FF - A boilerplate is a metal plate that is welded or riveted over a gap, join or breach. The same word has then traditionally been applied in the legal sector to stock clauses which you can consider including in a contract. Boilerplate clauses have the same function as the metal plate in that you use the materials (or in this case clauses) that you need to construct the document you want. To help differentiate them and to allow lawyers (and us!) to refer to them, boilerplate clauses are given names. A take-down clause is the name given to the clause that means that if any or specified content is removed (or taken down) from the site then the subscriber is entitled to compensation. In my session I will be covering why you might want to use each clause and what situations they are best used in.
BB - Why are negotiations important, shouldn't we just accept whatever deal suppliers offer us?
FF - Firstly I’d like to point out that negotiation of online subscriptions is about price and terms. If you don’t negotiate then you may end up with a product that cannot be used in the way you want to due to limiting dissemination clauses and if it is too expensive you may not subscribe at all, so it is bad for subscriber and for the supplier. I tend to find that suppliers like communication about what your needs and preferences are, without that communication (aka negotiation) then you will either get what you are given or will not get something at all which isn’t a very good position to be in. Negotiation allows for sustainable, honest relationships with their suppliers. Negotiations should not be aggressive, intimidating or unreasonable. In simple numbers, negotiating a contract for 8% for one location down to 5% and two locations: if the base cost was £100,000 means that instead of £108,000 for one location, it will be £52,500 per location. Negotiations are also about selling your results internally, not just with the suppliers, hence the interesting use of the numbers in this example. A lot of the deals that I am getting at the moment are less than we paid time round, suppliers are being understanding about the economic climate, but often only if you ask.
BB - How important is it for Law Librarians to develop good relationships with their suppliers?
FF - For your professional reputation, enjoyment of your role and general sanity, good relationships are essential. I refer above to ‘sustainable’ relationships, just one aspect of this might be that if your priority in one year is low cost and you have to have deep cuts to keep a service, then you have to be understanding that next year there may be pay-back. A good relationship with your supplier and understanding what is on the horizon will enable you to communicate implications internally, and show you are professional, insightful and well organised. At the very least a good relationship with a supplier means a box of chocolates or mints which you can share with your team members, which at a time when there are nil salary increases and no bonuses – is a very delightful thing to have!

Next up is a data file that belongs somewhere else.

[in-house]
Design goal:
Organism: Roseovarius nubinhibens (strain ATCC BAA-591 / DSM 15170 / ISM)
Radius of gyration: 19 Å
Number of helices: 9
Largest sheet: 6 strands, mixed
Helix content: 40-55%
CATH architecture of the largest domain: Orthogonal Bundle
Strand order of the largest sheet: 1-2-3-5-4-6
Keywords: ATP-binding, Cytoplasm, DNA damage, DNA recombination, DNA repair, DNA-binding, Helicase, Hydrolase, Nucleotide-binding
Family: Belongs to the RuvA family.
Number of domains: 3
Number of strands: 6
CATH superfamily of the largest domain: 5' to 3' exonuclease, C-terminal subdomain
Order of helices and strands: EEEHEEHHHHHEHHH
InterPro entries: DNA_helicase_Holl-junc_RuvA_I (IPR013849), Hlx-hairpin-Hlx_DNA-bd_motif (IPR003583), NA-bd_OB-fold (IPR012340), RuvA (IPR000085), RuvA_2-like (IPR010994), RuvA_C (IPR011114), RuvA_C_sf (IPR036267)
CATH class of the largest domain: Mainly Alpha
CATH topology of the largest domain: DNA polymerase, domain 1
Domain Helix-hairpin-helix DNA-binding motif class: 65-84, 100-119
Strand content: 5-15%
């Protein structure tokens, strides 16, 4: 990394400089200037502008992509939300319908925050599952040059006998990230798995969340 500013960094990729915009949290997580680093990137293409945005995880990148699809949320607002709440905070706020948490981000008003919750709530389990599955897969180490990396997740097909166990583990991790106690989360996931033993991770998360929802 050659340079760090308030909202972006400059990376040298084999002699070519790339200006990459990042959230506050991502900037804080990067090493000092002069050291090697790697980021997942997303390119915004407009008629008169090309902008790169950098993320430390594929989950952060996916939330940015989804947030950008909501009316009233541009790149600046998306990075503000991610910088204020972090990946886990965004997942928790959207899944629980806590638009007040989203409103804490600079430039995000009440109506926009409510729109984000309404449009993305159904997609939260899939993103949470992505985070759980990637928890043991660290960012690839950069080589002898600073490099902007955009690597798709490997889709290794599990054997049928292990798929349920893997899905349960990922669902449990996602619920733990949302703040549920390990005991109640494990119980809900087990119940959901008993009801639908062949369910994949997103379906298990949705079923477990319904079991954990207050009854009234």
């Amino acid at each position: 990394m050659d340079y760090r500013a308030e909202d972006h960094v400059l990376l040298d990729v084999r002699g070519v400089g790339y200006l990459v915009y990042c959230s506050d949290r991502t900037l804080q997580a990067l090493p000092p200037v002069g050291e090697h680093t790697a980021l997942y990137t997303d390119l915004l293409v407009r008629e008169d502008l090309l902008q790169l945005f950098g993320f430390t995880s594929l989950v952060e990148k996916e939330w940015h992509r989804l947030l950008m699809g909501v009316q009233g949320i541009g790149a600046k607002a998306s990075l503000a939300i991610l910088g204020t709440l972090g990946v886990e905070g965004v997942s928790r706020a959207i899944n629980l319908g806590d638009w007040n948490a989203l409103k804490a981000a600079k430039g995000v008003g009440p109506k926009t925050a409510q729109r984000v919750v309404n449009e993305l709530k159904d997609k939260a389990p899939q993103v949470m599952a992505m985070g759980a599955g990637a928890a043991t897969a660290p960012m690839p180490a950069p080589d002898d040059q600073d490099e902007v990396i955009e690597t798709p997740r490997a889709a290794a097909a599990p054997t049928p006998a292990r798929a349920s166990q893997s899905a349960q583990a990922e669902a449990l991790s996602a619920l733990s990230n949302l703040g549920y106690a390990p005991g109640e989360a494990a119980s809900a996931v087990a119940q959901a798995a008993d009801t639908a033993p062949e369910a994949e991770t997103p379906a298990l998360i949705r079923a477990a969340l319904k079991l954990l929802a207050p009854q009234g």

BB - Negotiation skills can be applied pretty much anywhere, how much difference is there negotiating with a supplier over the cost of a product and a staff member over their employment contract?
FF - I can more readily apply this to outside the workplace where you might find yourself asking the person providing you with a carpet if they can’t move on the price then would they include free underlay. Negotiating is ubiquitous, it is with us. If you don’t ask you don’t get and if you do ask and are told no, then at least (you hope!) you’ve been given the reasons why which you can then pass onto others. However I must say that I do find it far easier negotiating for someone else rather than myself. If you are going down the salary negotiation route then, just like with negotiation of a contract, preparation is the key and research, benchmarking things like salary and leave levels, evidence of your performance, and just as with a supplier – understanding the constraints of the employer, are very important.
BB - Finally, a while ago y ou moved to Baker Tilly from Baker & McKenzie, is there much difference in the service you provide at Baker Tilly or do you really notice the differences in a different sector?
FF - By the time I do my talk at BIALL I will have been at Baker Tilly two years, time has flown! My team provide a research, library and an intranet content management service. The latter is a new role to me although I was involved with the intranet in a smaller way at Baker & McKenzie. The major difference is dealing with the fact that now I look after the information needs of 29 offices rather than just one. This means that many of our customers are located quite some distance away. Lerwick in the Shetland Islands is perhaps the most extreme example of this. A lot of the suppliers I deal with are the same and it is a partnership so a fair bit of my job is no different than before. I’ve had interesting projects such as office moves, small mergers and managing staff remotely. Some projects are just the same as they would have been at Baker & McKenzie such as a new library management system and looking at subscription agents. Instead of Practice Areas we have the main Faculties of Restructuring & Recovery, Corporate Finance, Tax, Audit & Accounting. Instead of PSLs we have Technical Directors who might write the procedure manuals and act in a helpdesk capacity, especially on the audit side. The types of enquiries that come in are far more varied which does mean a need for more resources, and of course more negotiation...
...many thanks to Fiona for answering these questions it certainly sounds like it will be an interesting session.